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Franklin in Williamson County, Tennessee — The American South (East South Central)
 

The American Chestnut

 
 
The American Chestnut Marker image. Click for full size.
By Larry Gertner, June 16, 2019
1. The American Chestnut Marker
Inscription.  
The Mighty Giant
The American chestnut tree was once one of the most important trees in our eastern forest. The tree’s native range extended from Georgia all the way to Maine and west to the Ohio River Valley. In the Appalachian Mountains, roughly one tree in four was an American chestnut. The American chestnut could grow very large and very fast, allowing it to become the dominant tree in many areas. In mature stands, the tree could grow for 300 years or more, reach over 100 feet in height and more than 6 feet in diameter. These traits inspired the nickname “The Mighty Giant.”

American chestnut trees bloom in the early summer. Where the trees once grew quickly on the Appalachian ridges, their creamy white flowers made the mountainsides appear snow covered. The native wildlife depended extensively on the nutritious nuts, especially turkeys, squirrels and bears.

The “Cradle to Grave” Tree
Chestnutting (gathering chestnuts) was both a social activity and provided income, particularly in rural communities. Railroad cars were loaded with nuts for shipment to larger cities, where vendors
The American Chestnut Marker image. Click for full size.
By Larry Gertner, June 16, 2019
2. The American Chestnut Marker
The three waysides at the edge of the grove-to-be.
could sell them freshly roasted. Farmers fattened their overstock on the nuts and used nuts in traditional recipes, and even ground the nutmeat into flour.

The tree was an excellent source of lumber. It grew straight, often branch-free for the first fifty feet or more. It was straight-grained, easily split, rot resistant and lighter than oak. Chestnut was known as the “cradle to grave tree,” as it was used in both cradles and caskets, as well as many other everyday items. The lumber was used for split-rail fences, post-and-beam construction, railroad ties, shingles, panels, and telephone poles; some of which are still in use today.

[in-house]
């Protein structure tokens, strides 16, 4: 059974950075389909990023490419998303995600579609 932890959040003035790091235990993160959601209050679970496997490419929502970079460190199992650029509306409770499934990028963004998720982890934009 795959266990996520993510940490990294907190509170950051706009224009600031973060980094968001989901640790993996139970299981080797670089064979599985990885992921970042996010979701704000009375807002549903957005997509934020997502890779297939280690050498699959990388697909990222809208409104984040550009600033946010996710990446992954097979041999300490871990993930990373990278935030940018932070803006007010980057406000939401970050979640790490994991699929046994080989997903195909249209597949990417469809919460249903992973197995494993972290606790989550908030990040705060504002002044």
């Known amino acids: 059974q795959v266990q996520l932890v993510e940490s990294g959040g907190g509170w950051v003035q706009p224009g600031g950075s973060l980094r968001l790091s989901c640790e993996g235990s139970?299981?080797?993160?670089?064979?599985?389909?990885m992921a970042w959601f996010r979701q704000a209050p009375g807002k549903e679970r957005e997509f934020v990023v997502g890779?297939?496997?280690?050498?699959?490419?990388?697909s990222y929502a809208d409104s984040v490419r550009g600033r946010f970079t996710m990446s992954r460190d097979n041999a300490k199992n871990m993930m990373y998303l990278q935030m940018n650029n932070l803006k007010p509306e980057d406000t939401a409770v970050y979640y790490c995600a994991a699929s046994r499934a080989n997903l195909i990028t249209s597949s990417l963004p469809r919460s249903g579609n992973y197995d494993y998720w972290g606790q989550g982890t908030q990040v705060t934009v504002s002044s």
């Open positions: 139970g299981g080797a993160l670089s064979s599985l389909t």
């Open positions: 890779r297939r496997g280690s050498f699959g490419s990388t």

Erected by The American Chestnut Foundation.
 
Location. 35° 53.423′ N, 86° 52.748′ W. Marker is in Franklin, Tennessee, in Williamson County. Marker can be reached from Columbia Avenue (U.S. 31) 0.1 miles south of Hillview Lane, on the right when traveling south. Touch for map. Marker is at or near this postal address: 1101 Hillview Lane, Franklin TN 37064, United States of America. Touch for directions.
 
Other nearby markers. At least 8 other markers are within walking distance of this marker. Chestnut Blight (here, next to this marker); Restoring the Chestnut (here, next to this marker); Samuel Winstead (1778-1851) (about 400 feet away, measured in a direct line); Winstead Hill (about 600
The experimental grove of “Restoration Chestnut 1.0”. image. Click for full size.
By Larry Gertner, June 16, 2019
3. The experimental grove of “Restoration Chestnut 1.0”.
feet away); Brigadier General Hiram B. Granbury (about 600 feet away); States Rights Gist (about 600 feet away); Winstead Hill Observation Post (about 600 feet away); Otho F. Strahl (about 600 feet away). Touch for a list and map of all markers in Franklin.
 
Also see . . .  The American Chestnut Foundation homepage. (Submitted on December 25, 2019, by Larry Gertner of New York, New York.)
 
Categories. CommunicationsEnvironmentHorticulture & ForestryIndustry & Commerce
 
Inset image. Click for full size.
By Larry Gertner, June 16, 2019
4. Inset
The original range of the American Chestnut
Inset image. Click for full size.
By Larry Gertner, June 16, 2019
5. Inset
"Chestnutting"
Inset image. Click for full size.
By Larry Gertner, June 16, 2019
6. Inset
American Chestnut in flower
 

More. Search the internet for The American Chestnut.
 
Credits. This page was last revised on January 9, 2020. This page originally submitted on December 25, 2019, by Larry Gertner of New York, New York. This page has been viewed 92 times since then and 16 times this year. Last updated on January 8, 2020, by Bruce Guthrie of Silver Spring, Maryland. Photos:   1, 2, 3, 4, 5, 6. submitted on December 25, 2019, by Larry Gertner of New York, New York. • Devry Becker Jones was the editor who published this page.
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